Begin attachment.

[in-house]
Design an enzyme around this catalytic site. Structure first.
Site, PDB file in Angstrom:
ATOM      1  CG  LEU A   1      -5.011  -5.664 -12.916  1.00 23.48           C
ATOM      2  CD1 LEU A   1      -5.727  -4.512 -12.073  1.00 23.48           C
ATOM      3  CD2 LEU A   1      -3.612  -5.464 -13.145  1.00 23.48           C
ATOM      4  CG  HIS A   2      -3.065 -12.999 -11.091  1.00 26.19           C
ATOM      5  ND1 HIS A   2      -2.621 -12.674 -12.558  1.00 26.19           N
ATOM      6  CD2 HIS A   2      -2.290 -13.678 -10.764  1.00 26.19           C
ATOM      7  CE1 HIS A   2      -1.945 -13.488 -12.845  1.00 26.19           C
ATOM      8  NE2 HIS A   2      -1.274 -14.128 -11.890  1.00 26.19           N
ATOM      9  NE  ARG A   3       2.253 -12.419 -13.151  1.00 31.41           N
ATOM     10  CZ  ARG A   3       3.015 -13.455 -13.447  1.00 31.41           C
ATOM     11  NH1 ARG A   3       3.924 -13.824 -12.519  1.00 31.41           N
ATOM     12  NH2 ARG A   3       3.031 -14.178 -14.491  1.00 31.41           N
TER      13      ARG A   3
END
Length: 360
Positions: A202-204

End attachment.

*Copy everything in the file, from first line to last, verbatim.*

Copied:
[in-house]
Design an enzyme around this catalytic site. Structure first.
Site, PDB file in Angstrom:
ATOM      1  CG  LEU A   1      -5.011  -5.664 -12.916  1.00 23.48           C
ATOM      2  CD1 LEU A   1      -5.727  -4.512 -12.073  1.00 23.48           C
ATOM      3  CD2 LEU A   1      -3.612  -5.464 -13.145  1.00 23.48           C
ATOM      4  CG  HIS A   2      -3.065 -12.999 -11.091  1.00 26.19           C
ATOM      5  ND1 HIS A   2      -2.621 -12.674 -12.558  1.00 26.19           N
ATOM      6  CD2 HIS A   2      -2.290 -13.678 -10.764  1.00 26.19           C
ATOM      7  CE1 HIS A   2      -1.945 -13.488 -12.845  1.00 26.19           C
ATOM      8  NE2 HIS A   2      -1.274 -14.128 -11.890  1.00 26.19           N
ATOM      9  NE  ARG A   3       2.253 -12.419 -13.151  1.00 31.41           N
ATOM     10  CZ  ARG A   3       3.015 -13.455 -13.447  1.00 31.41           C
ATOM     11  NH1 ARG A   3       3.924 -13.824 -12.519  1.00 31.41           N
ATOM     12  NH2 ARG A   3       3.031 -14.178 -14.491  1.00 31.41           N
TER      13      ARG A   3
END
Length: 360
Positions: A202-204